Adventures in Ethics and Science

You may remember my post from last week involving a case where a postdoc sued her former boss for defamation when he retracted a couple of papers they coauthored together. After that post went up, a reader helpfully hooked me up with a PDF of District Judge Joseph M. Hood’s ruling on the case (Chandok v. Klessig, 5:05-cv-01076). There is a lot of interesting stuff here, and I’m working on a longer examination of the judge’s reasoning in the ruling. But, in the interim, I thought you might be interested in the statements made by the defendant in the case, Dr. Daniel F. Klessig, that the plaintiff in the case, Dr. Meena Chandok, alleged were defamatory.

In the longer post I’m working on, I’ll dig in to Judge Hood’s arguments with respect to what elements a plaintiff must establish to prove defamation, and what particular features of the scientific arena were germane to his ruling in this case. For the time being, however, I’m interested to hear what you all think about whether the 23 allegedly defamatory claims quoted below tend “to expose the plaintiff to public hatred, contempt, ridicule, or disgrace.” (13) As well, given that one element of defamation is that the defamatory statements are factually false, I’d like to hear your thoughts on the evidentiary standard a scientist should have to meet before making claims like these to other scientists.

Here, quoted from the ruling, are the 23 allegedly defamatory statements:

Statement 1: To Brian Crane [a researcher who Klessig had asked to attempt to confirm Chandok's results], via e-mail
“Unfortunately, the evidence still argues that she falsified at least some of the data on the recombinant varP.” Ex. 84 at 3; Ex. 85.

Statement 2: To Lucy Pola [Human Resources Director at Boyce Thompson Institute for plant research (BTI)], Dr. Martin, and possibly Pres. Stern [of BTI], via e-mail
“I absolutely agree that there MUST be an investigation regardless of whether varP has NOS activity or not, given the evidence of falsification.” Ex. 55.

Statement 3: To Pres. Stern and Lucy Pola, via interoffice memorandum
“The conclusion we draw from these results is that most or all of the data that Meena presented to us and in the Cell paper concerning the recombinant varP has been falsified.” Ex. 51.

Statement 4: To Pres. Stern and Lucy Pola, via interoffice memorandum
“The conclusion I draw from these results is that most or all of the data that Meena presented to us and in the Cell paper concerning recombinant varP may have been falsified.” Ex. 88.

Statement 5: To Pres. Stern and Lucy Pola, via interoffice memorandum
“The conclusion I draw from these results is that most or all of the data that Dr. Chandok presented to us and in the Cell paper concerning recombinant varP is likely to have been falsified.” Ex. 53.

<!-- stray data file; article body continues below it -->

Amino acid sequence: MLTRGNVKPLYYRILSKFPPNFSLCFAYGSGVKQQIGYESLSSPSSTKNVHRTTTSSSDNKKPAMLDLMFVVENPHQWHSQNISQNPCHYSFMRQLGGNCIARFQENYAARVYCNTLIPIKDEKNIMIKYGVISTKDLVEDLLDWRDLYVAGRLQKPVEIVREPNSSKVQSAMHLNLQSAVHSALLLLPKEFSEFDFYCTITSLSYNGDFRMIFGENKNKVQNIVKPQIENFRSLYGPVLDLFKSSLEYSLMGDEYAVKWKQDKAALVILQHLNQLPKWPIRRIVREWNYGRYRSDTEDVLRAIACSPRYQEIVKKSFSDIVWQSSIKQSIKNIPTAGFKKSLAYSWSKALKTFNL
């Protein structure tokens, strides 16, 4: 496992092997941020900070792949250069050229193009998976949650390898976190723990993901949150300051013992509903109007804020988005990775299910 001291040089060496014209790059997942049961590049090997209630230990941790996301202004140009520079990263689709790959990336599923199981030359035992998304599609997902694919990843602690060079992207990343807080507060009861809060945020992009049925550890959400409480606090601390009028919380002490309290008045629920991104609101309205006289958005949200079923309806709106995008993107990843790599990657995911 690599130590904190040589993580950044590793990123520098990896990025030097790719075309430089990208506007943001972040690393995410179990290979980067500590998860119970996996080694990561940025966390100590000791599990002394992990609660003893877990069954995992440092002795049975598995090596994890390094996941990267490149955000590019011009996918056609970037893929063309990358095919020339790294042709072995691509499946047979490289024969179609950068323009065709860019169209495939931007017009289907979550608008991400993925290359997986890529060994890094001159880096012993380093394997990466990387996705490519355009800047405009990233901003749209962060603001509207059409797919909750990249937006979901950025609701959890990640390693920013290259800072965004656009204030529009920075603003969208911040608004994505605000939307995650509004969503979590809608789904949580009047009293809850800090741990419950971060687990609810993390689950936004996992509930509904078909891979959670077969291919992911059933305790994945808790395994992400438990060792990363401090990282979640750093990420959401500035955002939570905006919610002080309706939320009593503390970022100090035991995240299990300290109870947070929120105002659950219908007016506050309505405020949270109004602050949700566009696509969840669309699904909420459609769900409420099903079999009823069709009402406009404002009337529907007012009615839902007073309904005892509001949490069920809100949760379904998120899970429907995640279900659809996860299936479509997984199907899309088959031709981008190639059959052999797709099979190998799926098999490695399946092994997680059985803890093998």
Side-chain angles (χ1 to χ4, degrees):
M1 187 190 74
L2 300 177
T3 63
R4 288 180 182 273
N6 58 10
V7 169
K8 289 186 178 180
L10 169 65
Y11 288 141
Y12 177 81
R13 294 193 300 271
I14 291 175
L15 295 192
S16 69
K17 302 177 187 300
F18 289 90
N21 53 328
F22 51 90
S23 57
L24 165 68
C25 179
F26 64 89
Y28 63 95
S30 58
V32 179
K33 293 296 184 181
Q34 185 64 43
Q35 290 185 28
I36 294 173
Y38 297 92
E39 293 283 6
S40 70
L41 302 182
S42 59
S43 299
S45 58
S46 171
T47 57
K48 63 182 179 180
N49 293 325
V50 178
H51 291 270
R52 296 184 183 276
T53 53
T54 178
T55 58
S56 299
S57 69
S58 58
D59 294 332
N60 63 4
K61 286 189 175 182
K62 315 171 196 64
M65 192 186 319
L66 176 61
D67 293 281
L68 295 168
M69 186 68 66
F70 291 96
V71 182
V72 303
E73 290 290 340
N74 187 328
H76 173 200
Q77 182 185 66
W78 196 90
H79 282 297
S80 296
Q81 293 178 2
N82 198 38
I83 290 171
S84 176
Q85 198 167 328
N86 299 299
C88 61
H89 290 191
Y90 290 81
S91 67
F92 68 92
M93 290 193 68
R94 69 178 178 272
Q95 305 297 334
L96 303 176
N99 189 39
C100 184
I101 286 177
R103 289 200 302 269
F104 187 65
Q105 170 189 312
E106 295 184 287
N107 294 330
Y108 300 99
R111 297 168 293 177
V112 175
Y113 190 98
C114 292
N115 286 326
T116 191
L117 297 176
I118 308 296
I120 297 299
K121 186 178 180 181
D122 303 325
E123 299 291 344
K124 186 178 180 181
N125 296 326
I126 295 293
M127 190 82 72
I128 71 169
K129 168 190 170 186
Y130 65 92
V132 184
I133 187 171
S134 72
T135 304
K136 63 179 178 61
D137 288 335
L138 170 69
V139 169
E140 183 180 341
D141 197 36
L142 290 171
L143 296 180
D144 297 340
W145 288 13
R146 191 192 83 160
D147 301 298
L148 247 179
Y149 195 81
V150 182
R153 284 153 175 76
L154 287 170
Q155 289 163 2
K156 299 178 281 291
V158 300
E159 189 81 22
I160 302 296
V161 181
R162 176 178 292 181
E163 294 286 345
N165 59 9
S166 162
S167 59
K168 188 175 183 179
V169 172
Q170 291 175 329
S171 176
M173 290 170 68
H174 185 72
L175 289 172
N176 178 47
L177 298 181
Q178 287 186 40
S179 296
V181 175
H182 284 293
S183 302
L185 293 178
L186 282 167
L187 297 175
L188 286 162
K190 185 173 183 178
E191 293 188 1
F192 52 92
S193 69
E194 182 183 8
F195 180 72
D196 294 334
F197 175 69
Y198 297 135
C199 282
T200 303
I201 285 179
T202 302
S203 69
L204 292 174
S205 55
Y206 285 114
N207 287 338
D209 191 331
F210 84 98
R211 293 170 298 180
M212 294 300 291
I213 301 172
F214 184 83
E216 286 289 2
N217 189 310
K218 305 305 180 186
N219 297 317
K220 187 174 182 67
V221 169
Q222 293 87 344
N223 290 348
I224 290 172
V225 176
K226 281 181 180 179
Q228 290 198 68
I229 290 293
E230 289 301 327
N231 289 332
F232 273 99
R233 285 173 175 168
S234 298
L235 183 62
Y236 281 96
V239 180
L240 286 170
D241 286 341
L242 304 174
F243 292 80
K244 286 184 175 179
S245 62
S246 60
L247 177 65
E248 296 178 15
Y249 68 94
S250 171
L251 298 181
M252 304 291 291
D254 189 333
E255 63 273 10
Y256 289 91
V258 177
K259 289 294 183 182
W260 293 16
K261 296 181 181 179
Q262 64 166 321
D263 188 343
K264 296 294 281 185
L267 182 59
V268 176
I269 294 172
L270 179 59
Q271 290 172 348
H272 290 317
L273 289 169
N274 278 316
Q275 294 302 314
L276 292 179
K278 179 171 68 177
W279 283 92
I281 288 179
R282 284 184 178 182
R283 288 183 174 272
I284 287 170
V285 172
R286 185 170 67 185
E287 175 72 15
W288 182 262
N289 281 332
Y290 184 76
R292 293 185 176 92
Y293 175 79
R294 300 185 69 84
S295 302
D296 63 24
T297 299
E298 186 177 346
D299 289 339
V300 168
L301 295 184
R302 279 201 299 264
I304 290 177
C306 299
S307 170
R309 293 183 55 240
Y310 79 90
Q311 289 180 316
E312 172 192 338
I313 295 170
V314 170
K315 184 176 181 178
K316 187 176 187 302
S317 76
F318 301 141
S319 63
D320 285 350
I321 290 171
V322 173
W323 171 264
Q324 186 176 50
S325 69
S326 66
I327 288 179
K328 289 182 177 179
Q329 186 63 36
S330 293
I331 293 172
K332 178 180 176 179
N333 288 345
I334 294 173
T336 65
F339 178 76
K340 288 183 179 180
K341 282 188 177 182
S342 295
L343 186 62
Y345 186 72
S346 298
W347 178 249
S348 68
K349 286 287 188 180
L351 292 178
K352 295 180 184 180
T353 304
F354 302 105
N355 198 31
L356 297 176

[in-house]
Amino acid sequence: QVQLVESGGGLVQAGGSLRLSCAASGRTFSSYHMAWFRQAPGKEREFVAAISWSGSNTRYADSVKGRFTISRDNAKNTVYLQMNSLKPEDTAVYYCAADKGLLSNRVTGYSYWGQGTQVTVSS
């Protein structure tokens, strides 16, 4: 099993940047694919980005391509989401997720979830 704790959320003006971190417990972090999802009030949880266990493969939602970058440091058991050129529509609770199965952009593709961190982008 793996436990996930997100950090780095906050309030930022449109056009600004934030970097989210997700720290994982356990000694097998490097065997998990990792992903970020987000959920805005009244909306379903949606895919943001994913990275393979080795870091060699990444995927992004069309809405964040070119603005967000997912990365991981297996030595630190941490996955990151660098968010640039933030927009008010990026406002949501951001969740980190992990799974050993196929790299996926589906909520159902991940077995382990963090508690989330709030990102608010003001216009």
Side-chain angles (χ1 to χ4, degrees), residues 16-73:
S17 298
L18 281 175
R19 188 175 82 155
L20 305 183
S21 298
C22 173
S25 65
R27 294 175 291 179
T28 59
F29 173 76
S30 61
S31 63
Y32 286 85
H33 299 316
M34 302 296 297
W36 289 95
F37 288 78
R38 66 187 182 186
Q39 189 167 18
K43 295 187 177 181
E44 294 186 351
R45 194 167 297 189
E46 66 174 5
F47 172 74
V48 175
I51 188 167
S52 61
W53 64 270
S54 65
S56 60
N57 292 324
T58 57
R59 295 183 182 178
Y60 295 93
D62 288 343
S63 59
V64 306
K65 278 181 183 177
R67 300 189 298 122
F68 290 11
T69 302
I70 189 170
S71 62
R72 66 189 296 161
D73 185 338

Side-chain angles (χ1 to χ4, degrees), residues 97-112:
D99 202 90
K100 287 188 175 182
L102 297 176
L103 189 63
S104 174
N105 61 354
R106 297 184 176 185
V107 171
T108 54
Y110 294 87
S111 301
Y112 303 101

Statement 6: To Pres. Stern, Lucy Pola, Dr. Blissard, Dr. Granados, and Dr. Winans, via memorandum
“The conclusion I draw from these results is that most or all of the data that Dr. Chandok presented to us and in the Cell paper concerning the recombinant varP is likely to have been falsified.” Ex. 54.

Statement 7: To Dr. James J. Anderson [of the National Institutes of Health], via letter
“Evidence recently emerged that strongly suggests that she falsified most or all of the data on recombinant varP…. In contrast, the evidence that Dr. Chandok falsified most or all of the recombinant varP data is much clearer and therefore, warrants investigation.” Ex. 58.

Statement 8: To Dr. Susan Ridley [of the National Science Foundation], via letter
“Evidence recently emerged that strongly suggests that she falsified some of the data showing that the recombinant variant P gene of Arabidopsis encodes a nitric oxide synthesizing enzyme (NOS).” Ex. 59.

Statement 9: To Pres. Stern, Lucy Pola, Dr. Ekengren [who had collaborated with Chandok and coauthored a paper with her that was published in PNAS], and Dr. Martin, via written document
“Further experiments by other members of the Klessig laboratory revealed difficulties in reproducing the results with recombinant variant P and, in addition, suggest that the data on the recombinant variant P presented in the Cell paper is being retracted….For this reason and the fact much of the data in this paper are now suspect…. The experiments that produced this data were performed by M. Chandok.” Ex. 96.

Statement 10: To Pres. Stern, Lucy Pola, Dr. Ytterberg, and Dr. Van Wijk, via written document
“Further experiments by other members of the Klessig laboratory reveal difficulties in reproducing the data with recombinant variant P and in addition suggest that the data on recombinant variant P presented in Tables I and 2 and Figures 5B and C of this paper are unreliable. An investigation is underway to determine whether these data were fabricated by the lead author.” Ex. 97.

Statement 11: To Pres. Stern, Lucy Pola, Dr. Ytterberg, Dr. Van Wijk, and Dr. Marcus, via written document
“Further experiments by other members of the Klessig laboratory reveal difficulties in reproducing the data with recombinant variant P and in addition suggest that the data on recombinant variant P presented in Tables 1 and 2 and Figures 5B and C of this paper are unreliable. An investigation is underway to determine whether these data were fabricated by the lead author.” Ex. 98.

Statement 12: To Dr. Ekengren and Dr. Martin, via written document